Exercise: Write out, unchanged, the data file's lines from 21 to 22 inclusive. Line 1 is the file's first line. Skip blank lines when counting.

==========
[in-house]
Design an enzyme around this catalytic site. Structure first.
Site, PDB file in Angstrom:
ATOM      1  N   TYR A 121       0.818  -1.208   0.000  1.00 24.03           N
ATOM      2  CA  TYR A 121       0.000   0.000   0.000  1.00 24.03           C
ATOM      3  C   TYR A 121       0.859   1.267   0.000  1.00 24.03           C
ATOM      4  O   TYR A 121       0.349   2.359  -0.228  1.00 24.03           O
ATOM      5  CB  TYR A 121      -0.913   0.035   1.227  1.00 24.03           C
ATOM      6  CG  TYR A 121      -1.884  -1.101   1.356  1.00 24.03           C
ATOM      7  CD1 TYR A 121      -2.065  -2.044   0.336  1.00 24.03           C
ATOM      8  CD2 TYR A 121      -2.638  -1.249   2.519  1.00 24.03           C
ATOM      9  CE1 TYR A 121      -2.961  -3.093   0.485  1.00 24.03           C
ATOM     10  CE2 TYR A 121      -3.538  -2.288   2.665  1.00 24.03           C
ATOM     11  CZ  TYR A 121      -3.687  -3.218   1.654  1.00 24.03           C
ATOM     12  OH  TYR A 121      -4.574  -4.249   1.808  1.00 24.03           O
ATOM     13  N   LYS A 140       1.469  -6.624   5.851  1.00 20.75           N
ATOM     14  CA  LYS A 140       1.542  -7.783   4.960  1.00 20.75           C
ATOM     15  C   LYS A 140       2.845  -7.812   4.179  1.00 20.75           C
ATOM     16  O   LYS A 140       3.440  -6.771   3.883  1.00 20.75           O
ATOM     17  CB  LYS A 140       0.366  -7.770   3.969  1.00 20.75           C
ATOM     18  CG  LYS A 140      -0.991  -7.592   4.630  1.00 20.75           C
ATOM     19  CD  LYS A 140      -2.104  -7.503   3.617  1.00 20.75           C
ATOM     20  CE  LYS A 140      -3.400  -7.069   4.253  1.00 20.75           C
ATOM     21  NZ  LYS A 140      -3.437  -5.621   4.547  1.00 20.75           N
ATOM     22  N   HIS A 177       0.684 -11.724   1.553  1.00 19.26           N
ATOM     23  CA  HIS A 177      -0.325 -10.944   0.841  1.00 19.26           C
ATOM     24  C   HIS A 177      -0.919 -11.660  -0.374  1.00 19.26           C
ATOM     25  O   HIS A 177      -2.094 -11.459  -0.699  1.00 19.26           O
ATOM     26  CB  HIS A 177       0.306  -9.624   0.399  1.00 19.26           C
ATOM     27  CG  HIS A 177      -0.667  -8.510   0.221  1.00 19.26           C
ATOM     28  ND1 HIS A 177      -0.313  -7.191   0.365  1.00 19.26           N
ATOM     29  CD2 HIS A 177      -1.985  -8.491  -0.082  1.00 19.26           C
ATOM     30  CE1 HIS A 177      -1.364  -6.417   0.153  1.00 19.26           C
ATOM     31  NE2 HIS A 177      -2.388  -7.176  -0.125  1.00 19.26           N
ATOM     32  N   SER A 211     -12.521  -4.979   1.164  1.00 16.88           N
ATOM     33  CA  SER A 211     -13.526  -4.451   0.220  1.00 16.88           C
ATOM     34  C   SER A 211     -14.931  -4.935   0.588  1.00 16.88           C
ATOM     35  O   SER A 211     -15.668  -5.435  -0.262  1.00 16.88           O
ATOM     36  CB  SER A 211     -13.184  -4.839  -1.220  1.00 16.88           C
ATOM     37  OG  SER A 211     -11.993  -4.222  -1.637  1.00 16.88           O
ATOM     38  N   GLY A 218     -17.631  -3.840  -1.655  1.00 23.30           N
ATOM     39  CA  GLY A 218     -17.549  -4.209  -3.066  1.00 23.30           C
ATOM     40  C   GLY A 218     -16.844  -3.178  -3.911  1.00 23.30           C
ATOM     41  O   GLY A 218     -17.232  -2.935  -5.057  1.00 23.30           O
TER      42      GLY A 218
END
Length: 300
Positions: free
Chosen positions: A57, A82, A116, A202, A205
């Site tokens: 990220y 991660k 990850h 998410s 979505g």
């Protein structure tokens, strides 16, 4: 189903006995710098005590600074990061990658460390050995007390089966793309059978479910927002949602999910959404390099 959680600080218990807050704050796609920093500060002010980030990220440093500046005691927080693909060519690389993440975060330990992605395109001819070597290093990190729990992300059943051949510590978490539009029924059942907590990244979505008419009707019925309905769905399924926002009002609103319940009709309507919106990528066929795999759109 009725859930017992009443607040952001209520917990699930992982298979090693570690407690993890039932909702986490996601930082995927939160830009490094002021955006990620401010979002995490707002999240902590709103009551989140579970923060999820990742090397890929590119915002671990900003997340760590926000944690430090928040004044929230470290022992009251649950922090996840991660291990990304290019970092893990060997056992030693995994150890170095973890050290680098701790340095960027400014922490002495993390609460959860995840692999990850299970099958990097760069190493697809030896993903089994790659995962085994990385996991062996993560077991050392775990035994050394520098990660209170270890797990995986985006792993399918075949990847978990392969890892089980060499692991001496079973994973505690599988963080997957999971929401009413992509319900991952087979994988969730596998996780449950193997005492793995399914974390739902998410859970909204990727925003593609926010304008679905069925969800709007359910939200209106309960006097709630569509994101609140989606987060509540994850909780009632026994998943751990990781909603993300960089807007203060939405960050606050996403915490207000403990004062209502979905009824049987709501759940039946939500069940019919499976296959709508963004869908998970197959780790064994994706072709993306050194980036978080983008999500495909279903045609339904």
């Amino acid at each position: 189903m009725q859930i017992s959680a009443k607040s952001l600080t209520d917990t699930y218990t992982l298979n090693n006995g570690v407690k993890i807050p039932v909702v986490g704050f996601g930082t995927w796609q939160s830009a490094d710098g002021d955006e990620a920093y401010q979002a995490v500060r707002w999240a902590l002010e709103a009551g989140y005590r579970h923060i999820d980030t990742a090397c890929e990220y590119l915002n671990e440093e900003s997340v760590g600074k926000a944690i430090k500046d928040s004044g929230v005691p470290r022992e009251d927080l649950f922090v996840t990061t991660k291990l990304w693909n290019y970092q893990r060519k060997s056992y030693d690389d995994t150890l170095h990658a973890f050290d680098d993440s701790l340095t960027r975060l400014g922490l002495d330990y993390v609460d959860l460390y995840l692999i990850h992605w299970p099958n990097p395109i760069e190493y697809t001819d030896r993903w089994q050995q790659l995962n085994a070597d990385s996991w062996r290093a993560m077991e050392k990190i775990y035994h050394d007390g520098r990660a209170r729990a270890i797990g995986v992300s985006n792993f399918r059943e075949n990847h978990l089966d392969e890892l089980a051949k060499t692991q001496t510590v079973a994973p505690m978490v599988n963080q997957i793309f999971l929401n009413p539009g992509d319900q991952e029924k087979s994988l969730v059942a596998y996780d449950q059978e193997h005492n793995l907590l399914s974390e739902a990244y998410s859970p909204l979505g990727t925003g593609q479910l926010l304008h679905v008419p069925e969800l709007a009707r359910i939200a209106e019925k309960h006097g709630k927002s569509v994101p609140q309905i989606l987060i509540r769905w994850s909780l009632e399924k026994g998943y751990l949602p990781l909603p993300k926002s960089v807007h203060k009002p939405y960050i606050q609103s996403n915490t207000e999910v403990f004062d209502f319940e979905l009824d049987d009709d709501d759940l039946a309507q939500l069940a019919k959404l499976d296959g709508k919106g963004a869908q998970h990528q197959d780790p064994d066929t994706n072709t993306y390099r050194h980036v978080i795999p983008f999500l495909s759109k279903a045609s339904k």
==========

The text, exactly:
ATOM     18  CG  LYS A 140      -0.991  -7.592   4.630  1.00 20.75           C
ATOM     19  CD  LYS A 140      -2.104  -7.503   3.617  1.00 20.75           C